When we think of alien invasion movies, we’re more prone to think of something on the scale of Independence Day – aliens arrive and wreak havoc, while humans band together to try and stop them. Arrival is not that type of alien invasion film. It’s a far quieter, more thought-provoking film that demands patience from its audience as it tells its story. The rewards of the payoff, though, are among the most powerful to hit theaters this year.
Dr. Louise Banks (Amy Adams) is a linguist at the top of her field. She’s recruited by Colonel Weber (Forrest Whitaker) to help with a translation issue that may even prove a challenge to her, though: aliens have arrived with ships floating above the Earth, and the Army wants her help with a ship that’s above Montana. Weber recruits Louise to try to interpret the aliens’ language so they can find out why the aliens are on Earth. On the trip to the ship, she meets her partner in the endeavor, physicist Ian Donnelly (Jeremy Renner).
With soldiers by their side, Louise and Ian enter the spacecraft through an opening in the base. Once inside, though, gravity releases them to walk up the vertical shaft, with one of the walls now serving as a floor. At the end of this shaft, they meet the aliens – two giant beings housed on the other side of a transparent barrier. Louise and Ian find their efforts at verbal communication fail, but make some promising headway with written language. The aliens release swirling circles of an ink-like gas from their hands, which Louise determines are fully formed sentences – ones without beginnings or ends. Learning to read the language takes time, but it does progress.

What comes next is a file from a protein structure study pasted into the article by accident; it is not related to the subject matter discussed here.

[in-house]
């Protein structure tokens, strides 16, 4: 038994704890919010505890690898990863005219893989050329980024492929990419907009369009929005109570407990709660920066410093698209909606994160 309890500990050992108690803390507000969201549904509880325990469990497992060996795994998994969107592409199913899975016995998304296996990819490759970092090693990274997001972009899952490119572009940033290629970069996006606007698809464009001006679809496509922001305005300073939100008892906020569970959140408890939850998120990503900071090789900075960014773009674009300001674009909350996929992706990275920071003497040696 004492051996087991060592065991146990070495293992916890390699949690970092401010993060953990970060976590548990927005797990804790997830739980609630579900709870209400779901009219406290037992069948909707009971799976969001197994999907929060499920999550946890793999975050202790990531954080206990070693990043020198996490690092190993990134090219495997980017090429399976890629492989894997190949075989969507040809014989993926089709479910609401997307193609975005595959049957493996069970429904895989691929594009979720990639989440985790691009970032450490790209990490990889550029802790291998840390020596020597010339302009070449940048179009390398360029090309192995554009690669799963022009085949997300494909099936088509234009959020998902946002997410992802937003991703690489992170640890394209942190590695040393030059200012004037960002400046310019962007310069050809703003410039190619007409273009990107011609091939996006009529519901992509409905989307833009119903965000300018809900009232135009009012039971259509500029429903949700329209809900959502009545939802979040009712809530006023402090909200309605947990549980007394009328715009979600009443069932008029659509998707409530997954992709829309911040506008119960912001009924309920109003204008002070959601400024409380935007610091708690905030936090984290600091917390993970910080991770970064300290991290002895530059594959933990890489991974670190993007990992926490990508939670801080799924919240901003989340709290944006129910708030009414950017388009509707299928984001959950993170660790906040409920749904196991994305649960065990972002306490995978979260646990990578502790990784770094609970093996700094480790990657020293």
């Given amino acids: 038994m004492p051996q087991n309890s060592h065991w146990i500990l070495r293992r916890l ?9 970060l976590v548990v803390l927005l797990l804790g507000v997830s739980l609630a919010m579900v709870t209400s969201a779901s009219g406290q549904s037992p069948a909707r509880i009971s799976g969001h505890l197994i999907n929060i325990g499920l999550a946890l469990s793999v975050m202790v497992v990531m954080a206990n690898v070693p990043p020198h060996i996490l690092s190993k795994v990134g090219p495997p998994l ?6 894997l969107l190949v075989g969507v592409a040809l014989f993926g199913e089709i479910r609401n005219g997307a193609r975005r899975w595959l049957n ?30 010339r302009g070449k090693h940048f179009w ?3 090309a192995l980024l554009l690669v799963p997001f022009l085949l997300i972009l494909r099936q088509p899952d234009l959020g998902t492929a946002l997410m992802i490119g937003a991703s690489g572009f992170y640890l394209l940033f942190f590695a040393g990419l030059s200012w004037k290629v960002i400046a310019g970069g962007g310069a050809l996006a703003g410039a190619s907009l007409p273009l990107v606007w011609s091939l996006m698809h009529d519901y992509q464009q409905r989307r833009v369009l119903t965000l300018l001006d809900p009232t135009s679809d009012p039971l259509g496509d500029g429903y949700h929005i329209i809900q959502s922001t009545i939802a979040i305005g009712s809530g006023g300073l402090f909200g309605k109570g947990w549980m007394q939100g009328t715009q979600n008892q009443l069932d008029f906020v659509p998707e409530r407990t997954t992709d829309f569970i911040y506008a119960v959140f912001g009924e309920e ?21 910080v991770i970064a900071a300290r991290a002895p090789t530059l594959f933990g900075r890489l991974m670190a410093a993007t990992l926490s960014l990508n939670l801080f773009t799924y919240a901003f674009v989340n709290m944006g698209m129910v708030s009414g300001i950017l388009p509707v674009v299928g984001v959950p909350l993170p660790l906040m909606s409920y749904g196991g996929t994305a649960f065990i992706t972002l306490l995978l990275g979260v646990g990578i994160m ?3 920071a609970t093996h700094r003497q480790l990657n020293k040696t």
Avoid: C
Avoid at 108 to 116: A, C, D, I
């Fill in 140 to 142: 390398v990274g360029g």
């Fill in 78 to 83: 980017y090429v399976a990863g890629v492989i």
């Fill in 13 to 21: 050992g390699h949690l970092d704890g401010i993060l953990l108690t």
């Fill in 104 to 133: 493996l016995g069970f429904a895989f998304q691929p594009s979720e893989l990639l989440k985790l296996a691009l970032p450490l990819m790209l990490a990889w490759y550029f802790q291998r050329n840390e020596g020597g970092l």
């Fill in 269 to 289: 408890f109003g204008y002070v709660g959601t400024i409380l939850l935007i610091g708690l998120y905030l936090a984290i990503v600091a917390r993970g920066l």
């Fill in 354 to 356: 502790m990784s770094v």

Louise and Ian have more trouble than just learning to interpret this new language, though. They’re constrained by both Weber and CIA agent Halpern (Michael Stuhlbarg), who want to know more about the aliens’ intentions and to make sure the aliens don’t learn too much about mankind, in the event they’ve arrived to conquer. What’s more, the other 11 ships that have landed on Earth are over other countries, each trying to make their own breakthroughs with the spacecrafts, and tensions begin to run high that if another country discovers something first, it could turn into war. A sense of panic and dread quickly envelops the globe, with some calling for preemptive attacks on the aliens.
There’s more to Arrival, but to say more would spoil the film for viewers. Suffice it to say, Arrival has a twist, but it’s one that’s fundamental to the narrative being displayed, and it has an impact on the events that take place throughout the film. Arrival is the rare film that demands multiple viewings to comprehend the story being told, and it’s absolutely worth it.
Director Denis Villeneuve, who has only grown as a filmmaker with each project (from Prisoners to Sicario), truly shines here. There’s an intentional gradual build to the information here, with the pacing designed to let the material seep in. As grand as the material gets, though, it stays anchored to Earth thanks to Amy Adams’ ownership of the film, from beginning to end. She sells every frame of this film with her performance, and while it may get pushed aside come award season for flashier performances, it’s absolutely one of the best performances of the year.
Arrival is breathtaking in its sense of ambition and scope. It’s thought-provoking and timely, and while it requires some patience, the trip and destination this film takes its audience on are both well worth the investment of time. Arrival is, hands down, one of the best films of the year.